I would like to simulate a capacitor in 2d with freefem++. This is the code I used:

int C0=0;
int C1=1;
int C2=2;

border C01(t=0,4.25){x=t; y=0; label=C0;}
border C02(t=0,2.25){x=4.25; y=t;label=C0;}
border C03(t=4.25,0){x=t; y=2.25; label=C0;}
border C04(t=2.25,0){x=0; y=t; label=C0;}

border C11(t=0.25,0){x=1.75+t; y=0.75; label=C1;}
border C12(t=0,0.75){x=1.75; y=0.75+t; label=C1; }
border C13(t=0,0.25){x=1.75+t; y=1.50;label=C1; }
border C14(t=0,0.75){x=2; y=1.5-t;  label=C1;}

border C21(t=0.25,0){x=2.25+t; y=0.75; label=C2;}
border C22(t=0,0.75){x=2.25; y=0.75+t; label=C2; }
border C23(t=0,0.25){x=2.25+t; y=1.50;label=C2; }
border C24(t=0,0.75){x=2.5; y=1.5-t;  label=C2;}


fespace Vh(Th,P2);
Vh uh,vh;

real voltc1=1;
real voltc2=-1;

//1 e -1 volt dirichlet conditions
problem Poisson(uh,vh)=int2d(Th)(dx(uh)*dx(vh)+dy(uh)*dy(vh))+on(C0,uh=0)+on(C1,uh=voltc1)+on(C2,uh=voltc2);



real energy=int1d(Th) ((dx(uh))^2+(dy(uh))^2);

cout<<"Energy (double)"<<endl<<"E =  "<<energy<<endl;

cout<<"Capacitance"<<endl<<"C =  "<<energy/(voltc1-voltc2)^2<<endl;

Runnng this code it gives me a value for the capacitance of 36.319 F. Is it this value reliable? Using the simplest formula $C=\epsilon \frac{A}{d}$ with $A$ area and $d$ the distance between the two plates the result is completely different. What is wrong in all of this?

  • $\begingroup$ Are you sure about the way you compute the energy? You use int1d, but Th is a 2D domain. $\endgroup$
    – Dr_Sam
    Oct 18 '13 at 7:58
  • $\begingroup$ Yes this is already a mistake. Thanks a lot. Changing to int2d the new value for the capacitance is $C=5.156 F$. I think the right value should be around 3 because as $A$ I took a value of 0.75 while $d=0.25$ and $\epsilon=1.0$. $\endgroup$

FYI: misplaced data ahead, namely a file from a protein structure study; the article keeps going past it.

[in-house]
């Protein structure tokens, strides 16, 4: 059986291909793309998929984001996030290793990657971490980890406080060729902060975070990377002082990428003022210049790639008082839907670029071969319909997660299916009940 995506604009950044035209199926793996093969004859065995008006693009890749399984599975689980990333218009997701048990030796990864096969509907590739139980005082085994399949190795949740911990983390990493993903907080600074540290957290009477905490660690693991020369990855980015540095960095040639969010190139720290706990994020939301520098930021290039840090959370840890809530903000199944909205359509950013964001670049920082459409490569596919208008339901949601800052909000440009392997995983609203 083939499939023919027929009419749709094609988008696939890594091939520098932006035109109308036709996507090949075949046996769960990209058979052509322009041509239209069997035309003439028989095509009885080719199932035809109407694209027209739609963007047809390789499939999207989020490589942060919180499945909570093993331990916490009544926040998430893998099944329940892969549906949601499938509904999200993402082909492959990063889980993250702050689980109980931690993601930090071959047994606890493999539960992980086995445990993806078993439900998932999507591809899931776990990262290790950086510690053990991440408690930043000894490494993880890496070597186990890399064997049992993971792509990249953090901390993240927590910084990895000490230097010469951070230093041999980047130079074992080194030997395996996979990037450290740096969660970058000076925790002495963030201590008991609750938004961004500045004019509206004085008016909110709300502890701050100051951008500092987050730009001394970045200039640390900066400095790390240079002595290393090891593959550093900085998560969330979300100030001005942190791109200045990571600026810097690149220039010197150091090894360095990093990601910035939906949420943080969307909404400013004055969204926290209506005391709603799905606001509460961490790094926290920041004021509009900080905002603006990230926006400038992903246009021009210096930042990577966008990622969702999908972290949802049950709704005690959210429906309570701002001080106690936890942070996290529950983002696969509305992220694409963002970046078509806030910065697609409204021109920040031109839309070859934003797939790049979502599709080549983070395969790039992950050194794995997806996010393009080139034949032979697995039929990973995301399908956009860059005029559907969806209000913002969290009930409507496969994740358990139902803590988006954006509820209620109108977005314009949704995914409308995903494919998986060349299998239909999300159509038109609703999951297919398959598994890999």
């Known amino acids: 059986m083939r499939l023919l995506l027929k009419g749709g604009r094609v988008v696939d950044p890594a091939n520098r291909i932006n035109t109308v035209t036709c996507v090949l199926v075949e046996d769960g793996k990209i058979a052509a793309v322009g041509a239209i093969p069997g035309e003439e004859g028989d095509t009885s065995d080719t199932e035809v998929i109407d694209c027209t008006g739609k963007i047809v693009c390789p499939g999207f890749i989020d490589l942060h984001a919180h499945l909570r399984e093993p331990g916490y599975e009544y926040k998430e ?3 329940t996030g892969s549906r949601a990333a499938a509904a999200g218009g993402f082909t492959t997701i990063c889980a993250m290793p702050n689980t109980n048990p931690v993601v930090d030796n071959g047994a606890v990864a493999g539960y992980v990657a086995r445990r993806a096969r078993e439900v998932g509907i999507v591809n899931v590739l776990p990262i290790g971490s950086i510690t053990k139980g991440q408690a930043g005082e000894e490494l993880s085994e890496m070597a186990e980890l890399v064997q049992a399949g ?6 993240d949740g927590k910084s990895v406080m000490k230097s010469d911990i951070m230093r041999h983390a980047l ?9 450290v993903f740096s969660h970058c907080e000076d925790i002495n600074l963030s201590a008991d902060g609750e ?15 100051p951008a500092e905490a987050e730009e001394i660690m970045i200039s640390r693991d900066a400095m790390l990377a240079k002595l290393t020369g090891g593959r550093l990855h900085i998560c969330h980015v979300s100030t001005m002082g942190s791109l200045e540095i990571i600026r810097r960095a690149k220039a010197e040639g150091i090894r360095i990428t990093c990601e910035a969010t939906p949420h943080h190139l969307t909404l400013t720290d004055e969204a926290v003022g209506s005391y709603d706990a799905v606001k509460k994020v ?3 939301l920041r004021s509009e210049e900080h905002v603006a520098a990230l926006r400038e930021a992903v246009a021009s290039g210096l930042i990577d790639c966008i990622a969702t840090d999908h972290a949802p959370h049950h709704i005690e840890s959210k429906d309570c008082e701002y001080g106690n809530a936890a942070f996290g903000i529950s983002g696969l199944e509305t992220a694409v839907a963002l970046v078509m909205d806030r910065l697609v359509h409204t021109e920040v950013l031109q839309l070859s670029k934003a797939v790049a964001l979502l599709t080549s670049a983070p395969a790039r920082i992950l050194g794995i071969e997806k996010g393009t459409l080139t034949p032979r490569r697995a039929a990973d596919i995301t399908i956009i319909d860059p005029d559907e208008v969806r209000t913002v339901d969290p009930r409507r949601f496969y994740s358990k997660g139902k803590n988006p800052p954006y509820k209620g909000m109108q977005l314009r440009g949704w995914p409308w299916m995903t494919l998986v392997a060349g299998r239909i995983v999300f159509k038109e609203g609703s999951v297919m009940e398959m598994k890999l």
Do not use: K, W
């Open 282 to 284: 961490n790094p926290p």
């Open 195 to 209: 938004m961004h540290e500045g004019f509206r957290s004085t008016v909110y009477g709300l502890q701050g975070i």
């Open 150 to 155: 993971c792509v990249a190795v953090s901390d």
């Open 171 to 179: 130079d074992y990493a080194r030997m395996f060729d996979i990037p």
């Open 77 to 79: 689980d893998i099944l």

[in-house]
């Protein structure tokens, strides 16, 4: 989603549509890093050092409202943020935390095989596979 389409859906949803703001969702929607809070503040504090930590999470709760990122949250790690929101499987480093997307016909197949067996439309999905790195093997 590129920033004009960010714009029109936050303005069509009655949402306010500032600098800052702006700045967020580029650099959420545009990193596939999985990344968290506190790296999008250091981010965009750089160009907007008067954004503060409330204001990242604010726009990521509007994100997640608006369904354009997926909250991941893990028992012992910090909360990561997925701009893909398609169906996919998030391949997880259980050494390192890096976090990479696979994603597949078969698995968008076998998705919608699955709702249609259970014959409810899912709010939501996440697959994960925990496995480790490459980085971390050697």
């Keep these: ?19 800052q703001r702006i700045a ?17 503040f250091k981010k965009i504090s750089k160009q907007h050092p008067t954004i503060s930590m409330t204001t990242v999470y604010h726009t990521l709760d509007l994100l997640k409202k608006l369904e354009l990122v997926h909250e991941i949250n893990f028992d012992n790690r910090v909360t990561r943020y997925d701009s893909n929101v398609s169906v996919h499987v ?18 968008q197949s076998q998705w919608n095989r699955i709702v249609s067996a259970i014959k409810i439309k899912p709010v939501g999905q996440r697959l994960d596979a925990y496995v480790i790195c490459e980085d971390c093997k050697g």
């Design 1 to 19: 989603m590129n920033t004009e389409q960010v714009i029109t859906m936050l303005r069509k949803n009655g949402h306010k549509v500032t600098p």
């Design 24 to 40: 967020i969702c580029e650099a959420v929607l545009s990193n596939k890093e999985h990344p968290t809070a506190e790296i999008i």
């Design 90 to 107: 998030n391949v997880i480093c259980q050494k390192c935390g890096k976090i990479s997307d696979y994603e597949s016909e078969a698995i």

– Rob
    Oct 18 '13 at 9:27
  • $\begingroup$ For what it's worth, the computed capacitance will always be higher than your L/d formula, because the latter ignores any additional energy stored in the "fringing fields" outside the region between the plates. As the answer below suggests, your formula is really an approximation for large plates separated by small thickness, so you might have better agreement when your discrete model is shaped more like that. $\endgroup$ Oct 18 '13 at 12:52
  • $\begingroup$ Also, a picture is worth a thousand words here - it's not immediately clear to me what your capacitor's dimensions are from your source code. $\endgroup$ Oct 18 '13 at 12:55
  • $\begingroup$ Yes You were right...is the thickness the problem...I tried reducing it and now I have a value really close to 3. Thanks. $\endgroup$
    – Rob
    Oct 18 '13 at 14:54

One of the problems (except for the 1d integration in the code) is that you use a formula that is not valid for your test case.

Indeed, the formula that you use is made for two parallel plates

  • infinitly thin
  • with a finite area

so, they should be like the two super thin slices of bread of a square burger.

What you represent with your 2D case are two parallel plates

  • which are thick (0.25 thick)
  • with an inifite area, because you neglect the third dimension (so it's like it would be infinite in that direction).

So the formula just does not apply.

To check your 2D implementation, you should better create a test for the coaxial cable (formula found here on wiki) for which it is much easier to restrict to a 2D test case.

  • $\begingroup$ I think his formula (or a slight variant) is still applicable in 2D, to determine the capacitance per-unit-length, no? $\endgroup$ Oct 18 '13 at 12:46
  • $\begingroup$ There might be a formula yes, but in my opinion, not the one he uses: the area in the formula is the area that one plate shows to the parallel one, not the area of a cut. $\endgroup$
    – Dr_Sam
    Oct 18 '13 at 13:03